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The Best Interests of the Child Test

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In our blog last month about parental alienation, we mentioned the Best Interests of the Child Test in divorce situations. This article discusses that test, when judges have to make decisions about children because the parents can't agree. Divorces involving children oftentimes involve emotions running high and mutual resentment between the spouses. That can mean that the children suffer.


So a judge may have to step in to sort out whether joint or sole physical and residential custody is proper and how visitation, now called "parenting time," is scheduled. How he or she does this is called using the Best Interests of the Child Test. In that Test, "gender neutrality" is supposed to apply, although the old Tender Years Doctrine, which gives mothers preference in the care of infants and very young children, is still sometimes used.


The law in New Jersey gives a list of factors used by courts to decide which parent will be better suited for sole or primary custody: the parents' ability to agree, communicate and cooperate in matters relating to the child; the parents' willingness to accept custody and any history of unwillingness to allow parenting time not based on substantiated abuse; the interaction and relationship of the child with its parents and siblings; the history of domestic violence, if any; the safety of the child and the safety of either parent from physical abuse by the other parent; the preference of the child when of sufficient age and capacity to reason so as to form an intelligent decision; the needs of the child; the stability of the home environment offered; the quality and continuity of the child's education; the fitness of the parents; the geographical proximity of the parents' homes; the extent and quality of the time spent with the child prior to or subsequent to the separation; the parents' employment responsibilities; and the age and number of the children. If the parents are able to create a custody arrangement on their own, courts may decide to implement it as long as it doesn't run contrary to the child's best interests (in accordance to the above factors).

The Test was used in a 1976 case when a judge first compared the living arrangements and work record of both parents (the father had a stable job, while the mother was on welfare for no explainable reason), and then noted that the children had lived with the father for two years before the trial and expressed an interest in staying with him (while the oldest of the children was only 12, the court said that the child could offer a "rational judgment" and used the child's opinion in its decision). Even though not all the children biologically belonged to the father, the Best Interests Test can override biological parents if they are less able to take care of the children.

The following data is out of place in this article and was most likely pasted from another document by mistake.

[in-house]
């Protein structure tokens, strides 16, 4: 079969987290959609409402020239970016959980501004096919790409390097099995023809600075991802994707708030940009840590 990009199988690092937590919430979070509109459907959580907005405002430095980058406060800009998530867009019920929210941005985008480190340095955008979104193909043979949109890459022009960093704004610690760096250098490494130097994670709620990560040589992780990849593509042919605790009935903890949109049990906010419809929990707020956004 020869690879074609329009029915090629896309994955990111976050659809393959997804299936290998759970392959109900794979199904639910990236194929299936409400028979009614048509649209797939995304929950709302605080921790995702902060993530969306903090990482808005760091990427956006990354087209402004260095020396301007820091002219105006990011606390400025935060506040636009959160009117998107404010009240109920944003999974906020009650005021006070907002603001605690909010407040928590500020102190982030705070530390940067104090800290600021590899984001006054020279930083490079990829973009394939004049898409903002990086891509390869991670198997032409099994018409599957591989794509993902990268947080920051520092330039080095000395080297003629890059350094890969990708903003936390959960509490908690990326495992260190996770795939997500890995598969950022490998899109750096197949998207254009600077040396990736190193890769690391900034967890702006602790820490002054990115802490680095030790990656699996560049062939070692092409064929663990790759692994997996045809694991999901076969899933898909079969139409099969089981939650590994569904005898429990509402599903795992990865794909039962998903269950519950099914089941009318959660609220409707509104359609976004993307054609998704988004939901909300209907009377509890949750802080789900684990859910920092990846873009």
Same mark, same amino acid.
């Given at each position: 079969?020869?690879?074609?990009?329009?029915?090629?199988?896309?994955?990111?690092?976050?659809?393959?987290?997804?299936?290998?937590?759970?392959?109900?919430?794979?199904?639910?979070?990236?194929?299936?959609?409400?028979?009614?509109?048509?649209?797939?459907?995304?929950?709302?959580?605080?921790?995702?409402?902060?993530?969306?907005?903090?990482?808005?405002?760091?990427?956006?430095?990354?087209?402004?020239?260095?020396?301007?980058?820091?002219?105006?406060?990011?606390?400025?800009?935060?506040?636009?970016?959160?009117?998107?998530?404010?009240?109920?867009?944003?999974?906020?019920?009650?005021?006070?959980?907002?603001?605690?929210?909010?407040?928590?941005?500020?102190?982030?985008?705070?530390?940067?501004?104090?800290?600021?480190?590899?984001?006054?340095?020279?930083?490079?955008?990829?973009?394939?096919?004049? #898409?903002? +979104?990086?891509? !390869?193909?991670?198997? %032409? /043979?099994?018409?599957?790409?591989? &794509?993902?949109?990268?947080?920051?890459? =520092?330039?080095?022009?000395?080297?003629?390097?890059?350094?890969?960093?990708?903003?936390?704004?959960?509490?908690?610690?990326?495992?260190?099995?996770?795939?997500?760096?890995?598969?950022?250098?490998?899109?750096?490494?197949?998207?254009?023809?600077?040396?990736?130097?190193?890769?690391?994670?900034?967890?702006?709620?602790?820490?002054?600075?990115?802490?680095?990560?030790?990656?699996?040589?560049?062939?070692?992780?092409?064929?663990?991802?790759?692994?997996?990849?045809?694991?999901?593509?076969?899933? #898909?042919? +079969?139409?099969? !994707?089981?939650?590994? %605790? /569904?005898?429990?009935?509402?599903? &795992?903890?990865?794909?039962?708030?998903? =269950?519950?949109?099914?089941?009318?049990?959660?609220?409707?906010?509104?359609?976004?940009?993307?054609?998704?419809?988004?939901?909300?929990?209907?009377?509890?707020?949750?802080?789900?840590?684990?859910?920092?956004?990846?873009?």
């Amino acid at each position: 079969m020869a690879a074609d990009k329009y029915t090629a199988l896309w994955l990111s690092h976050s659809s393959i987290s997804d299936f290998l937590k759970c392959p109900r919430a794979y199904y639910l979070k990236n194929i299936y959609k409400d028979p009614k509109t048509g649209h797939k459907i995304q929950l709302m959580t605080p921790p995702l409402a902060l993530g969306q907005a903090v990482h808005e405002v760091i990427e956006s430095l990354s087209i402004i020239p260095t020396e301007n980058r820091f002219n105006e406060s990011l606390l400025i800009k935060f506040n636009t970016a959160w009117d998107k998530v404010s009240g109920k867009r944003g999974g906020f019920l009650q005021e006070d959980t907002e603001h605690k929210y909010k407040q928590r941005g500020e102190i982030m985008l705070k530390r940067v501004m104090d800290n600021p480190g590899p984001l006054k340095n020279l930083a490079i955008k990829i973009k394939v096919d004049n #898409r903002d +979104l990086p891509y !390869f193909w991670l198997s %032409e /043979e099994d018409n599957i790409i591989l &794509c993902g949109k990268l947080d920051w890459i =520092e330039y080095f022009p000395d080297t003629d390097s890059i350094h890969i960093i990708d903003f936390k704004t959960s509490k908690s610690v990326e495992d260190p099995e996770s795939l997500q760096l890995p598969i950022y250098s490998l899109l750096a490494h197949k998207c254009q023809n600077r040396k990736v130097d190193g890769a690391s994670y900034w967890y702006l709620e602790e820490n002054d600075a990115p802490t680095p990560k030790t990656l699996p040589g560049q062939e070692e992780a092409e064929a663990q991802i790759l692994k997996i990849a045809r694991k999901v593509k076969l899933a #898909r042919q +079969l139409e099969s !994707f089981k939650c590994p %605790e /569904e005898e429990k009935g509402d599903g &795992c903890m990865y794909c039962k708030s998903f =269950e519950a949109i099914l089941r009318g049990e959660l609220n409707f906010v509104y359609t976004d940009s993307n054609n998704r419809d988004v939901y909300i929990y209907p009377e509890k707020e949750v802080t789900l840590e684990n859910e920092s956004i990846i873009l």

Because divorce can bring about massive upheavals in a child's life, the Best Interests Test is also intended to ensure that any change in the child's living situation must be the best possible solution. In a 1998 case, the father wanted to switch the custody arrangement from joint custody to his sole custody, and to permanently remove the child from New Jersey to Arizona. The court said that while the reason for the father's move was made in good-faith (in an attempt to obtain a better career), both parents were equally bonded to the child, had stable living environments, and had equally strong parenting skills, so the change in custody arrangement and cross-country move would only be a personal benefit to the father and not a particular benefit to the child.

The Test, while detailed, is not an objective one; judges have the ability to highlight or downplay the factors as they see fit, according to the facts of the particular case. Every family and every child is unique - and courts take into account the children's physical and psychological needs, the family dynamics, and other factors like talents that may require specialized training, or special needs. While the Best Interests test isn't an exercise in "hard science," it's an important tool that the courts use to best ensure that the child will make it through the divorce or separation with the least amount of trauma. Loree Varella, Rutgers School of Law Newark candidate for a JD degree in May 2016 collaborated on this blog. She is Associate Editor of the Rutgers Computer and Technology Law Journal and will soon serve as Managing Research Editor of that publication.

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